Google is a large tech company headquartered in Mountain View, California. Their primary product is the world’s most popular search engine. You can access the Google search engine by typing in “google.com.”
Ha! You didn’t REALLY think I was going to be defining Google, did you?
No, I trust that you have been on the Internet once or twice in the past decade and are aware of the Google.
What I wanted to talk about today is how Google got its name. You know, that silly made up word that has now taken its rightful place in the Oxford English Dictionary, right after goog (Australian slang for an egg).
What Google was Originally Called
Back sometime in the late ’90s, Larry Page and Sergey Brin were two graduate students at Stanford. They had been working on a search engine and had given it the name BackRub. You know, because their search engine searched through backlinks…right.
Fortunately, they were smart enough to realize that BackRub was the worst tech company name in the history of tech companies, and that they needed to find something a little more appropriate.
Then There Was Googol(plex)
During yet another name brainstorming session, their friend Sean, a fellow graduate student, suggested the word googolplex.
Yep, turns out that Google is a misspelling of a real-life mathematical term, googol.
Googolplex is the name for 10 to the power of googol. Googol is the name used by mathematicians to reference 10 to the power of 100, or:
That’s 1 plus 100 zeros.
The name googol and googolplex were originally coined by Milton Sirotta, nephew of Edward Kasner a famous American mathematician. As Milton put it, googolplex was shorthand for a number that was otherwise so large you would have to write “one, followed by writing zeroes until you get tired.” Of course, his uncle found this definition to not be quite specific enough, afterall “different people get tired at different times and it would never do to have Carnera [a famous boxer of the time] be a better mathematician than Dr. Einstein, simply because he had more endurance and could write for longer!” So he gave googolplex the official definition of being 10 to the power of googol, or 10 to the power of 10 to the power of 100.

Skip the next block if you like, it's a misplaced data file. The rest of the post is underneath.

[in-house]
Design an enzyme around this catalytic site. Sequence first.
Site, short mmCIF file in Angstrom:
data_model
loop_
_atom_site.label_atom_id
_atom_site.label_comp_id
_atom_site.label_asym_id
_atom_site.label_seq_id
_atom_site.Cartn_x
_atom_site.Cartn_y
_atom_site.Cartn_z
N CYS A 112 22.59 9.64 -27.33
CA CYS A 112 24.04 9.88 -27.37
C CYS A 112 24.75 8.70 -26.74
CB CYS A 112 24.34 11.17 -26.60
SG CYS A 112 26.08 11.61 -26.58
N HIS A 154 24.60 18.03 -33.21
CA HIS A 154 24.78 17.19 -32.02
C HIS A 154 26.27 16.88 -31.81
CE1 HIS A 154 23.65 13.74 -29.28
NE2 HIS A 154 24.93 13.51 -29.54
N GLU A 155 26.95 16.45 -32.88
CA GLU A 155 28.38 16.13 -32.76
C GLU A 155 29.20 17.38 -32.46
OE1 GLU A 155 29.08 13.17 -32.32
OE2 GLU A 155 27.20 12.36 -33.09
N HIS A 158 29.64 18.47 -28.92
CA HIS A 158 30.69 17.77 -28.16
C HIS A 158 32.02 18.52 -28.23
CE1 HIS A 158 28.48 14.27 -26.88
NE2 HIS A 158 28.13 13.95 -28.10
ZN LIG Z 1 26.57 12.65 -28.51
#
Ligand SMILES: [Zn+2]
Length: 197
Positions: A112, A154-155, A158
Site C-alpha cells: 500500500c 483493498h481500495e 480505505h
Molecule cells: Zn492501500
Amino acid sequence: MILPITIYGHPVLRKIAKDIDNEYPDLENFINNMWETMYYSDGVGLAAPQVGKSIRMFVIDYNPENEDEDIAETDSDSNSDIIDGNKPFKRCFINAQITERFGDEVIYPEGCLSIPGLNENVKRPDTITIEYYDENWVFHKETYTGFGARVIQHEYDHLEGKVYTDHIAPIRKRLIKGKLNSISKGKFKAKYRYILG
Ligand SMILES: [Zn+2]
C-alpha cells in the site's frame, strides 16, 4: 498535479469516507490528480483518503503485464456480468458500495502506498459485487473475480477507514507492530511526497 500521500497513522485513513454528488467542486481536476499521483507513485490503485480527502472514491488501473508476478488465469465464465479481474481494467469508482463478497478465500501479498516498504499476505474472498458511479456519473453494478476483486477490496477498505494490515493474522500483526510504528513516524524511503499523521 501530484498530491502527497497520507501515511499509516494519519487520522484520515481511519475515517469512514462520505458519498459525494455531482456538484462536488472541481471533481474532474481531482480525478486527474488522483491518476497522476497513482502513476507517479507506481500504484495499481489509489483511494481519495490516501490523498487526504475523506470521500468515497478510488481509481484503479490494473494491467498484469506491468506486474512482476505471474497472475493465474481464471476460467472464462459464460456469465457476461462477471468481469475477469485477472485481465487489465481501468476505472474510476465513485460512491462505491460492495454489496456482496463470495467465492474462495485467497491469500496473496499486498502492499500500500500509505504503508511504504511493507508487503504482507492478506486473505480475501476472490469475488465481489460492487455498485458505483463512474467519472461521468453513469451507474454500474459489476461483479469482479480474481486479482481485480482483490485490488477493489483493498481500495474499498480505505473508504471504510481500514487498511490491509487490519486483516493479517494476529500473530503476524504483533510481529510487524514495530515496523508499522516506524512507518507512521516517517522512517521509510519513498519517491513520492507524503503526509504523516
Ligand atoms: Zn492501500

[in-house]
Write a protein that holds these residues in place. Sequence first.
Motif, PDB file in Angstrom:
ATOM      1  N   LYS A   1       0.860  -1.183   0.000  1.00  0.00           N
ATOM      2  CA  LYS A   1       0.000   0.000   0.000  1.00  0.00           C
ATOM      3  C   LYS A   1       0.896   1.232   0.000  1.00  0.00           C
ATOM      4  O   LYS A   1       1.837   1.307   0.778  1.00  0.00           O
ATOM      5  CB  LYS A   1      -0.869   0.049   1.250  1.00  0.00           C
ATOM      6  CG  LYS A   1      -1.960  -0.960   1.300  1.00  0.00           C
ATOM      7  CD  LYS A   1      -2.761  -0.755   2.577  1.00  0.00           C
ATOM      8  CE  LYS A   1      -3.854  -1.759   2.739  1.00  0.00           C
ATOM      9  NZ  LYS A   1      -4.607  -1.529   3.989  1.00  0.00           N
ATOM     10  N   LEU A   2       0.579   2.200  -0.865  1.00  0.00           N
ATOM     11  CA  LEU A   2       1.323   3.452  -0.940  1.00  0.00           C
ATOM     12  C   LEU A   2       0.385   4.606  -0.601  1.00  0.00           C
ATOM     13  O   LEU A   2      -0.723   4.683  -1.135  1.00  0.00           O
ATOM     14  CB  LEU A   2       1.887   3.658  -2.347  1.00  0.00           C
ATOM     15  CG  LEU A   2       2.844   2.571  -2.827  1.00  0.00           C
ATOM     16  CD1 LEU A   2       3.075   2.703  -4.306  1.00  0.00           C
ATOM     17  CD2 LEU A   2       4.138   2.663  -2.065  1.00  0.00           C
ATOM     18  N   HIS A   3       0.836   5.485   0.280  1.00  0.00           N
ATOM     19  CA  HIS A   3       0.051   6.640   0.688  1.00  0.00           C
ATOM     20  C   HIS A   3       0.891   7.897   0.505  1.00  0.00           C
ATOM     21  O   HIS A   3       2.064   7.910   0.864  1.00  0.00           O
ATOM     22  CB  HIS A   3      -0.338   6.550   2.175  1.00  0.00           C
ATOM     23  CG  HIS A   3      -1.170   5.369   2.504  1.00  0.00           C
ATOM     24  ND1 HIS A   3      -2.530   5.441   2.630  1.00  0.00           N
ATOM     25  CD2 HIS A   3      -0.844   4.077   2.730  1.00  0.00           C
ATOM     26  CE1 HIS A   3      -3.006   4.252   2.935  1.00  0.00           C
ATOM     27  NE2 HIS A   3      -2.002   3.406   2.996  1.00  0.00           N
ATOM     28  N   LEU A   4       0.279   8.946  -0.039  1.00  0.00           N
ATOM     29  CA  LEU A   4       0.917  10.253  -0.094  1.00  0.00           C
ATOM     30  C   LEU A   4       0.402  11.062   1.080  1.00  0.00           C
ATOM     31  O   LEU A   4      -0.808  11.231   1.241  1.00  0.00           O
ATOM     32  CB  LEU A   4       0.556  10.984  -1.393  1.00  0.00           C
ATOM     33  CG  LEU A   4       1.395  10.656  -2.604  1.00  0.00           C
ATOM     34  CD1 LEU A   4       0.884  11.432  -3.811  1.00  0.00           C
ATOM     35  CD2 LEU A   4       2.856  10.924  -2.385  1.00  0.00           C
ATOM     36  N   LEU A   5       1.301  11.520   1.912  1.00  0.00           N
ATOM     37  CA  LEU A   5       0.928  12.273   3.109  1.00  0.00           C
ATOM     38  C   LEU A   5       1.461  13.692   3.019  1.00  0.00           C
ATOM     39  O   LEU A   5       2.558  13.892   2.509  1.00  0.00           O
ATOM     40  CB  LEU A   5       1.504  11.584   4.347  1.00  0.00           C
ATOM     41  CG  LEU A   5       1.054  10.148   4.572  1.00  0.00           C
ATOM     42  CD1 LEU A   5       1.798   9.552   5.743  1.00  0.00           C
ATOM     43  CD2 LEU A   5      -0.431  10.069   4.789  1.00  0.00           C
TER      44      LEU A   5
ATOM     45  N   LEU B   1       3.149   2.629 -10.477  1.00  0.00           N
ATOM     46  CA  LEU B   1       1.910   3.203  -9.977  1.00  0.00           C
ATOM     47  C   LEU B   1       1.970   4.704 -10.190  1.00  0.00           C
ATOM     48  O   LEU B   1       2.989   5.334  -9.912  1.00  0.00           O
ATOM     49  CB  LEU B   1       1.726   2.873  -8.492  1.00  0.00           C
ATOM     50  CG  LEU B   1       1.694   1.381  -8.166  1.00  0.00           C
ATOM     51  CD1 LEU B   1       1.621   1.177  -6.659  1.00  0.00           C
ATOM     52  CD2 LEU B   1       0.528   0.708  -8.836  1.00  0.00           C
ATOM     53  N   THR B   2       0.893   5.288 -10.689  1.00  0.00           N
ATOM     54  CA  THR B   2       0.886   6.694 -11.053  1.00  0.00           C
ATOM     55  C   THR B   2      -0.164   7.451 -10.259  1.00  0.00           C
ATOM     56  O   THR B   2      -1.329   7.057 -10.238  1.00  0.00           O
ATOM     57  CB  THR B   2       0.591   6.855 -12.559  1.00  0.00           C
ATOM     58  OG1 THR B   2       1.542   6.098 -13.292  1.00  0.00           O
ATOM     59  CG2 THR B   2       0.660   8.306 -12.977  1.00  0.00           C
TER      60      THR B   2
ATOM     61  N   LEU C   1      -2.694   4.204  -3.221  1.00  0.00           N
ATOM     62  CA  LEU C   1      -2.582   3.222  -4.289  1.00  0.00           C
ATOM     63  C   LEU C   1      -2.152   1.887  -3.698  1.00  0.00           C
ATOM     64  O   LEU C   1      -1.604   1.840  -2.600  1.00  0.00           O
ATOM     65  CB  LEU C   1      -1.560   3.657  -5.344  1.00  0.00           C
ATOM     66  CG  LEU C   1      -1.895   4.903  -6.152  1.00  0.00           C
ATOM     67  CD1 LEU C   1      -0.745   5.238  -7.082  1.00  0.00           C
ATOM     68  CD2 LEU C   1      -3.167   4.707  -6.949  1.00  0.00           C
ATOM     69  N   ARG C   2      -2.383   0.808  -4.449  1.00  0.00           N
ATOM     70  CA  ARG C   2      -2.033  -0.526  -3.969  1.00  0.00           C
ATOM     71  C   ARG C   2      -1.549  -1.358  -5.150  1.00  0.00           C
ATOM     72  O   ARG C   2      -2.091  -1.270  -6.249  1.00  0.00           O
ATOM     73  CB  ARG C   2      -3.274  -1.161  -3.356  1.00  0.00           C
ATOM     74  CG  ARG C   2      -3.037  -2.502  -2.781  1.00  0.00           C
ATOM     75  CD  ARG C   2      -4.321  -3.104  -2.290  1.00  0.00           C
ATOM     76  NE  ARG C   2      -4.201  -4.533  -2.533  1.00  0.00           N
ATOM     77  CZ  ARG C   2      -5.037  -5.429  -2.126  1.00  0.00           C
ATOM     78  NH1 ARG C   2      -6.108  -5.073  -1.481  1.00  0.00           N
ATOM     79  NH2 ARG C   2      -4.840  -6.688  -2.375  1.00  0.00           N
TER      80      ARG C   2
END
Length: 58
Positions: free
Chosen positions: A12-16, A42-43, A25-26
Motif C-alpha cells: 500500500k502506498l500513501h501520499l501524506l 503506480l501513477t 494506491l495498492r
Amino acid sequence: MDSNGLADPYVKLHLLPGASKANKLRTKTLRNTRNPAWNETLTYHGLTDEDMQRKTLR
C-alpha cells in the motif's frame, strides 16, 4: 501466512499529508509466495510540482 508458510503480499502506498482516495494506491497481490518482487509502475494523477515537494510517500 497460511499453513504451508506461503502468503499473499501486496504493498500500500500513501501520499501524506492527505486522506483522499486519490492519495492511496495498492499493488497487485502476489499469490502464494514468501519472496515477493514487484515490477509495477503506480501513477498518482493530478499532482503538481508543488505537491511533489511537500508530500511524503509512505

And Then…Someone Didn’t Spellcheck
When Sean suggested googolplex, Larry responded that he liked the smaller term googol, but felt like the term in general was a great fit for what they were trying to do: index an unfathomable number of Internet web pages.
Sean, not realizing googol was spelled with an ol at the end, searched the Internet to see if the domain google.com was available.
Larry liked the new word Sean had accidentally come up with, and voila! Google was named.